Soft Perversions


Review of The Book of Minor Perverts: Sexology, Etiology, and the Emergence of Sexuality, by Benjamin Kahan.

Chicago: University of Chicago Press, 2019  


The good news is, you’re probably a pervert. The reason you may not have known that, however, is that the term has mostly fallen out of favor, due in part to a broader range of sexual and moral possibilities that have opened up across the twentieth century. For those of us living in or near the United States, the leader in that change has been homosexuality, which in a very short space of decades has moved from a secret and curable abnormality to a “born-this-way” characteristic entitled to legal unions. Homosexuality—with its definitional emphasis on the sex and gender of one’s love object––does not, however, capture the full range of sexual possibility connoted by a term like “pervert,” a term that instead reaches around sex and gender to what can seem like more specific designations for one’s love objects—details like age, sexual position, power play, or the sexual frisson of what not everyone would recognize as erotically significant materials, textures, body parts, behaviors, or fluids. 

One aim of Benjamin Kahan’s brisk new study, The Book of Minor Perverts, is to recover the history of perversion’s vicissitudes. The book begins from the historical observation that early sexology, at the cusp of the twentieth century, debated whether sexuality was congenital or acquired. Majority opinion leaned to the latter: no one was born this or any way; humans, rather, learned how to experience pleasure through individual or environmental circumstance. The question The Book of Minor Perverts then asks is about how our understandings of sexuality have come to land so squarely in the congenital camp that acquired theories of sexuality have been all but forgotten. It’s a very good question. 

In the book’s opening pages, we’re invited to consider the example of Djuna Barnes, who claimed not to be a lesbian but just to love her partner, Thelma Woods (3). If we subscribed to a congenital theory of sexuality, and we accordingly imagined that one is predisposed or born to a sexual orientation, Barnes’s statement would make little sense. Of course Barnes loved Woods, because Barnes, a lesbian, loved women and Woods was a woman. If, however, we subscribed to an acquired theory, Barnes’s statement could make sense on its own terms. The definitional integrity of Barnes’s circumstantial range of preference and experience would be considerably more legible to us, allowing us to make sense of the fact that Barnes perhaps was not sexually interested in women besides Woods—as, indeed, many who identify as lesbians are not sexually interested in all women.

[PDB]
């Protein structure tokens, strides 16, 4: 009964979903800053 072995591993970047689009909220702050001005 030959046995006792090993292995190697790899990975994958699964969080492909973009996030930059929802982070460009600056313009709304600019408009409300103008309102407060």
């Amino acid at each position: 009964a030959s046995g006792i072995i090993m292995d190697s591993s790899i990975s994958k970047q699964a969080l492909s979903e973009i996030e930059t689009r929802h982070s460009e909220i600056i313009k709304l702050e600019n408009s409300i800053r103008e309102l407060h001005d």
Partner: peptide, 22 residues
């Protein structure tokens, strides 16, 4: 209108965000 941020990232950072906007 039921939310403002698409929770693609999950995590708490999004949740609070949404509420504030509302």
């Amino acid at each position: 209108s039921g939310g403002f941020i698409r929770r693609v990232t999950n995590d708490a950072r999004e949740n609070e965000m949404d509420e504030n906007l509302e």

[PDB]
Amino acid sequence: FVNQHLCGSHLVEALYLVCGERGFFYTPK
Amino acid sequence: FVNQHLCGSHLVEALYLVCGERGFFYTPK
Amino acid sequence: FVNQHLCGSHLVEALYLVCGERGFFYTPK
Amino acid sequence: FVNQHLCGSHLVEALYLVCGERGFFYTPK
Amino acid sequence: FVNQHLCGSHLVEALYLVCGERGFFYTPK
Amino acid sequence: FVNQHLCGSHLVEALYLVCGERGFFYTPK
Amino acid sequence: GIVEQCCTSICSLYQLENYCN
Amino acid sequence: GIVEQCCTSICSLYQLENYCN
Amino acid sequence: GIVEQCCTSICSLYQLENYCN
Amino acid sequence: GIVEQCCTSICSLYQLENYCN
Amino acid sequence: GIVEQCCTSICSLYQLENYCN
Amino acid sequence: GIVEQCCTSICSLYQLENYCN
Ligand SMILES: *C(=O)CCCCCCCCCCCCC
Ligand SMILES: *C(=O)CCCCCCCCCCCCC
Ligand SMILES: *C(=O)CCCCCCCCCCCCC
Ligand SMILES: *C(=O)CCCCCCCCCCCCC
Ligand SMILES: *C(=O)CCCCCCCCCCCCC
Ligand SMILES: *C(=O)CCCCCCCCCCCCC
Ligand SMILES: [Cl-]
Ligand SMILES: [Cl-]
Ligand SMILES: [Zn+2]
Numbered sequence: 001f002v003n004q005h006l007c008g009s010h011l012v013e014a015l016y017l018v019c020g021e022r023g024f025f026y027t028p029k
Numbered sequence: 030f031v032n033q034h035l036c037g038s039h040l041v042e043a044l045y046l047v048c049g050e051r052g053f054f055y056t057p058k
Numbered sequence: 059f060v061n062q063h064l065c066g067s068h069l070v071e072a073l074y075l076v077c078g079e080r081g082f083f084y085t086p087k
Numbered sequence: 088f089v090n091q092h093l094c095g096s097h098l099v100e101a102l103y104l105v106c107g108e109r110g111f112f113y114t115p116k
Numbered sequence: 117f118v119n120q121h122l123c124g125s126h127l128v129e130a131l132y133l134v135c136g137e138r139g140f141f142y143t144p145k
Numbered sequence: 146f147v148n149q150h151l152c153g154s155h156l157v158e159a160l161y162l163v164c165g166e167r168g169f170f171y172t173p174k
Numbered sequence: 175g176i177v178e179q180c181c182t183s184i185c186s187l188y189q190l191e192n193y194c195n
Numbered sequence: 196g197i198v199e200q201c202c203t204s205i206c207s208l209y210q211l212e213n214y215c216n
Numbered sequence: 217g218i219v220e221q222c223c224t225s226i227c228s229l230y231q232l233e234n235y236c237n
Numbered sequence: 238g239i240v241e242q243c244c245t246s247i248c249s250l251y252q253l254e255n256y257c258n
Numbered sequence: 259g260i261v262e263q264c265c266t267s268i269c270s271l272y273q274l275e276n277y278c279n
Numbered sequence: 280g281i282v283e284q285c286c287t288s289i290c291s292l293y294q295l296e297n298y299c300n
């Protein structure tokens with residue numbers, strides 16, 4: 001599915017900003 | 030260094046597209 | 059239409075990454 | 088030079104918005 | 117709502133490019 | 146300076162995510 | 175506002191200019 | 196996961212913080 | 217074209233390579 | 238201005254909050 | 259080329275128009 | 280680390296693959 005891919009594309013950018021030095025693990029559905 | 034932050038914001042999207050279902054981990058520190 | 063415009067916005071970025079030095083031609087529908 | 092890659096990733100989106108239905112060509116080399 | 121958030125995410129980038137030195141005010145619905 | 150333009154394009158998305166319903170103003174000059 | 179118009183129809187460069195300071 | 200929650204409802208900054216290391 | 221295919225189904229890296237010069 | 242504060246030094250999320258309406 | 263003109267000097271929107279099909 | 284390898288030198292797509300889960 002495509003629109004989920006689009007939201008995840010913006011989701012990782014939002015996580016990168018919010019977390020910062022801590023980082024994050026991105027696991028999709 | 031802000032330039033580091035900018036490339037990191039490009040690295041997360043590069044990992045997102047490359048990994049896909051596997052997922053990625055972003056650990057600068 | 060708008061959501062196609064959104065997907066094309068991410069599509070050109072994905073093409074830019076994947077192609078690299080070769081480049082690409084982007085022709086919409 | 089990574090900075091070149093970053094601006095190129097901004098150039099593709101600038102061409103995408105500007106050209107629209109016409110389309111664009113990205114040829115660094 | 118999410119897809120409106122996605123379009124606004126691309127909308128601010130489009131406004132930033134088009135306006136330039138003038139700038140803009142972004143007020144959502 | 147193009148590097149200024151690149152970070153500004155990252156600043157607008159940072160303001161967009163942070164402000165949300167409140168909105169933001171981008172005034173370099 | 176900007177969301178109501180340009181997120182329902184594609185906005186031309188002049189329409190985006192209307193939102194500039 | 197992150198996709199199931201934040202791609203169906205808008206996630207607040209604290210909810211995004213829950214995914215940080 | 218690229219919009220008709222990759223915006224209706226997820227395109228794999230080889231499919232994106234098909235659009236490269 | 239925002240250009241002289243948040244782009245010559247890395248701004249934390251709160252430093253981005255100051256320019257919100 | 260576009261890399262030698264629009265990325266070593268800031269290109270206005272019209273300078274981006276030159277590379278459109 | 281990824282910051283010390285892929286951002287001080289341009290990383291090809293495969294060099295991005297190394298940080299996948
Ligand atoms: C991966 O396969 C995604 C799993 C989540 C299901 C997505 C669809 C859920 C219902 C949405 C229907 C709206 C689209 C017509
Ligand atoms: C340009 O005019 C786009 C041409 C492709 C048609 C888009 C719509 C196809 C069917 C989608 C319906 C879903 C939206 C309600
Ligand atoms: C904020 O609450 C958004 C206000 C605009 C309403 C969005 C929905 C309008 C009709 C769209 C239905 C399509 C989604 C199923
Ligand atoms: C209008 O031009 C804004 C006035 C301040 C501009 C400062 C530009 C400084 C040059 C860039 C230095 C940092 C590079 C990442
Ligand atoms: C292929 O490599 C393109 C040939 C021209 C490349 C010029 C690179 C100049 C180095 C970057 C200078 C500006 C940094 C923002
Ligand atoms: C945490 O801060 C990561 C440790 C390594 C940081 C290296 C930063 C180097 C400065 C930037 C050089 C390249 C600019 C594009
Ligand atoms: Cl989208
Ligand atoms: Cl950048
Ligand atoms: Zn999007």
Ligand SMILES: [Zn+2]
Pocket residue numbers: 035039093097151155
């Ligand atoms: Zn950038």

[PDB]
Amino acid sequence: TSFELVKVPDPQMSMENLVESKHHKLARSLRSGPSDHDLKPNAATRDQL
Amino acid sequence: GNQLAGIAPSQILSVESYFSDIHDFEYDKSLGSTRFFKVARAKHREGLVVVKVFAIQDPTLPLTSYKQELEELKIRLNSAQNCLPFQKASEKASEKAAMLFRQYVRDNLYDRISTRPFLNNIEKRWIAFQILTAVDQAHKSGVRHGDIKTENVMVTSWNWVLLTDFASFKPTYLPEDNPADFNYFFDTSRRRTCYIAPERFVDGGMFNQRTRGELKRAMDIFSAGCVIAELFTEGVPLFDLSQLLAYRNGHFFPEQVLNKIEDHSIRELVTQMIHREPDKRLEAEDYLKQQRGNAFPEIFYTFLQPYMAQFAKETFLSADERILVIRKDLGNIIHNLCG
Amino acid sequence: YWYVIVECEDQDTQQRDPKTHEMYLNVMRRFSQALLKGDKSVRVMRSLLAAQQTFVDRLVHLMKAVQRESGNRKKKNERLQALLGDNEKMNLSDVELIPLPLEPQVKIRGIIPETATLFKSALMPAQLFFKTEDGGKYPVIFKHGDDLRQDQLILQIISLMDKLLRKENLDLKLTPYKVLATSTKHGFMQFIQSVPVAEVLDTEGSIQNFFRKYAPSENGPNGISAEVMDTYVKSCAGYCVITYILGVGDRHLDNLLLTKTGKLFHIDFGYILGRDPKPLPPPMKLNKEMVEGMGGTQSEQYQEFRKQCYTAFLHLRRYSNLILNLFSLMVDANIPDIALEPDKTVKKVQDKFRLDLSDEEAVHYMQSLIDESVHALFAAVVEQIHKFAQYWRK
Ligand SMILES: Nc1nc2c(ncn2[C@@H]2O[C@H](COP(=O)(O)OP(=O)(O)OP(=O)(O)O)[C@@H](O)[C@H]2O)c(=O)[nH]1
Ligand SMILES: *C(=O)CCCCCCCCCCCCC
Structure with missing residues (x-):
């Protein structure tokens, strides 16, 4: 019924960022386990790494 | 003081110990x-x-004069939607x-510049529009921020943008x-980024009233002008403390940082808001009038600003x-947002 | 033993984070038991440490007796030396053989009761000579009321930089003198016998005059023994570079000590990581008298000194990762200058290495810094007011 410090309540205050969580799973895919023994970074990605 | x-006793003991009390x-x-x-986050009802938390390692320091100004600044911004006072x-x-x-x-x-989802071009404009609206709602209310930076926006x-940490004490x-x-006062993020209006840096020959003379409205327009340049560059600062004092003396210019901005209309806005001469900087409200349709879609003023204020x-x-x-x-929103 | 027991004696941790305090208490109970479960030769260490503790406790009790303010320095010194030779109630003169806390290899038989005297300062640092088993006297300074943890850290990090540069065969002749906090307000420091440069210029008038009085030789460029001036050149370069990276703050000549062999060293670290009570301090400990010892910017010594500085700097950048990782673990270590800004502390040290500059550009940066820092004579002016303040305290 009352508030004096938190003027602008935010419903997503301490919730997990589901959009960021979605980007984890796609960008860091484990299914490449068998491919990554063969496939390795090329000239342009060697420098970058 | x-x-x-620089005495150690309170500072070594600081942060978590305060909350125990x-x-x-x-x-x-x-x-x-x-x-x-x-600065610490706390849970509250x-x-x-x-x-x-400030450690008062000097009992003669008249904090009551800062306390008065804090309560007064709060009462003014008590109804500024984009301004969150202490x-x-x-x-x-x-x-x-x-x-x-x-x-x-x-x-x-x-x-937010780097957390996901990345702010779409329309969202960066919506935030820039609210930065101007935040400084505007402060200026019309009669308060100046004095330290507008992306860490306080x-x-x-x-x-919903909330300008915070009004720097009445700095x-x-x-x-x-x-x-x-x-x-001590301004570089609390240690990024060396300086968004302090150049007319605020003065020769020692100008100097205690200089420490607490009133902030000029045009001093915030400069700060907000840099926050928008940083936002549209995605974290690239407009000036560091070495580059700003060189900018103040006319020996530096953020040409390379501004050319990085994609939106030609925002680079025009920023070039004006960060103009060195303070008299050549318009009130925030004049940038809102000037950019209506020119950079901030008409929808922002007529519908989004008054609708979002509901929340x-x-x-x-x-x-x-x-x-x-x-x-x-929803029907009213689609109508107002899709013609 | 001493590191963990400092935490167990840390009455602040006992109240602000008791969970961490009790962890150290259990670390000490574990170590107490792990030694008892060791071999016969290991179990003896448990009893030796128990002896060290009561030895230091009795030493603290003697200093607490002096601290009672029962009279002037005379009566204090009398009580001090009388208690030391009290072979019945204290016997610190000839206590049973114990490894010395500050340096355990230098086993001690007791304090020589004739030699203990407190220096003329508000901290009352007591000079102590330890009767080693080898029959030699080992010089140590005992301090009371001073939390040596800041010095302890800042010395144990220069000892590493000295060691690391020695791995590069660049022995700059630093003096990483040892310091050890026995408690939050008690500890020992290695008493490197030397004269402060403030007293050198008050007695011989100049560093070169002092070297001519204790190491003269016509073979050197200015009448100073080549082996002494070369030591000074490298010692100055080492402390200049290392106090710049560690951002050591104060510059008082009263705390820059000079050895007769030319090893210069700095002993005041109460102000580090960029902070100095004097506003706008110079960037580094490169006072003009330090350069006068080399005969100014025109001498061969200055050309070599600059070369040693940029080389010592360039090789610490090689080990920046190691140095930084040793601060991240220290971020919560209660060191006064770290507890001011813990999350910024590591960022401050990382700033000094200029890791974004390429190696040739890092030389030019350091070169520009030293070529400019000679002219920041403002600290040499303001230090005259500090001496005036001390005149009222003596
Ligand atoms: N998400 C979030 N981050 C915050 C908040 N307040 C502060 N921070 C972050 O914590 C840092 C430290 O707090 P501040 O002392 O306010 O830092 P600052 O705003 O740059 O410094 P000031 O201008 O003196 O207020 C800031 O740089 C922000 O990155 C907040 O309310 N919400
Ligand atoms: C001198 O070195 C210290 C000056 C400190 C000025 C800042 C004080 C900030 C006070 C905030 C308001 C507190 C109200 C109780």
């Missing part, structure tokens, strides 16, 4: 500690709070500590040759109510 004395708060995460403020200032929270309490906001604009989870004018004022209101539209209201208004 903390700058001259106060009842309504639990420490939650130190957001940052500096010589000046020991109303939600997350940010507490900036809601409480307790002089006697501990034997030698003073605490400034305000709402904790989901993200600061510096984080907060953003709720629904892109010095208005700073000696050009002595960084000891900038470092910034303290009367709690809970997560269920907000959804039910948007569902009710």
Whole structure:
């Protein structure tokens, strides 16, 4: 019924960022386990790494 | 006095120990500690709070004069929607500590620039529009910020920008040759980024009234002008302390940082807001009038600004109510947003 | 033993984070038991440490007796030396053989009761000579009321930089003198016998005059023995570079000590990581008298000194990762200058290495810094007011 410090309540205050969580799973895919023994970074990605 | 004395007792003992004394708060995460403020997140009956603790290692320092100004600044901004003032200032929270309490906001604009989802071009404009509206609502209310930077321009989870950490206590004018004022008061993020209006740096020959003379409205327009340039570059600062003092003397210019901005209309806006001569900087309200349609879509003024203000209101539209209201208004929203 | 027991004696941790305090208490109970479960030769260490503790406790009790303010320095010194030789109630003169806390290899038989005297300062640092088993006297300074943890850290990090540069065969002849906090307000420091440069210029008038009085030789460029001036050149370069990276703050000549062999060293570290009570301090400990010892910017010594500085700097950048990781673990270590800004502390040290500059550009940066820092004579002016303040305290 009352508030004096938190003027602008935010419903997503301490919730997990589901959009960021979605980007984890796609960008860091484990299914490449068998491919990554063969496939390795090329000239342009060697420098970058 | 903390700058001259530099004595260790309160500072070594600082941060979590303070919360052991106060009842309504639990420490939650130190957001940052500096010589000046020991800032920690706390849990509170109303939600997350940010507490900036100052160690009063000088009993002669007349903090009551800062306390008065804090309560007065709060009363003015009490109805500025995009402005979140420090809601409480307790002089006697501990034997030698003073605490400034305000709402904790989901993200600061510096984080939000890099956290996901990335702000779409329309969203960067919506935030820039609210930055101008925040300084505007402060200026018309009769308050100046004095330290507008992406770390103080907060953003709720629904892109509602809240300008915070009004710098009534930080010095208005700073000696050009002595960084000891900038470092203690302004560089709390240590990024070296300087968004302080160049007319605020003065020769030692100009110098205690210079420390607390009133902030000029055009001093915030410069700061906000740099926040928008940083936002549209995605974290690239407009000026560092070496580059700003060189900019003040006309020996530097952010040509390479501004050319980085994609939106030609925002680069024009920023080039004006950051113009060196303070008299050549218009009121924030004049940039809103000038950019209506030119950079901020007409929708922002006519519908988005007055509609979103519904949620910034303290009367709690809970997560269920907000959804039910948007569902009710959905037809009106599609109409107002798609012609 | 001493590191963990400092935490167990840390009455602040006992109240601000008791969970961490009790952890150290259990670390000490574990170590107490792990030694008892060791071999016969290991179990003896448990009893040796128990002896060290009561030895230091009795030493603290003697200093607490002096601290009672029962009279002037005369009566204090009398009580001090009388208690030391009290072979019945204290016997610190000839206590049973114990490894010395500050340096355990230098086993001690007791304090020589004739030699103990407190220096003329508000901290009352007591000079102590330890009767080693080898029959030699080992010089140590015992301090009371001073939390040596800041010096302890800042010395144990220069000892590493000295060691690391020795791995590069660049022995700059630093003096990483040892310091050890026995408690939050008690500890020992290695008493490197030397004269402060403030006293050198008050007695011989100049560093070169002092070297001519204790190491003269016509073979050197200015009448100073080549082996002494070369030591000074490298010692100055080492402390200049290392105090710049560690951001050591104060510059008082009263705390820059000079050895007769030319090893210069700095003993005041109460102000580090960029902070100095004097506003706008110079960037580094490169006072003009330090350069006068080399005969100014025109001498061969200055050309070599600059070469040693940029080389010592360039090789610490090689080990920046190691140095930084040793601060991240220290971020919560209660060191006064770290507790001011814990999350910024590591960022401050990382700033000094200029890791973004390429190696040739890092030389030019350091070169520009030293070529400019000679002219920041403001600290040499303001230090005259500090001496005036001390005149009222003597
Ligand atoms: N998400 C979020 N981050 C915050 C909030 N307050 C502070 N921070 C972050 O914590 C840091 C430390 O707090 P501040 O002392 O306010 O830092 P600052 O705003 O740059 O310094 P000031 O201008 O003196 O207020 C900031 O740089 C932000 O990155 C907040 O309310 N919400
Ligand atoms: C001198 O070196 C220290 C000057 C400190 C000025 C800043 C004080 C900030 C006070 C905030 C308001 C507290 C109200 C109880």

What emerges, then, from a consideration of a congenital theory of sexuality is attention to the specificities, varieties, and complexities of sexuality, and many of us who study sexuality can sometimes want for precisely this kind of language. The attention brought to sexuality by a congenital theory—which finds its shape from local cases rather than abstract generalizations—can be called, borrowing a term from Stephanie Foote, a “vernacular sexology” (2), and Kahan, a literature scholar, uses it to make a persuasive methodological point: literary texts, with their specific, imaginative, and often idiosyncratic representations of sex and sexuality, can be read as works of vernacular sexology (3).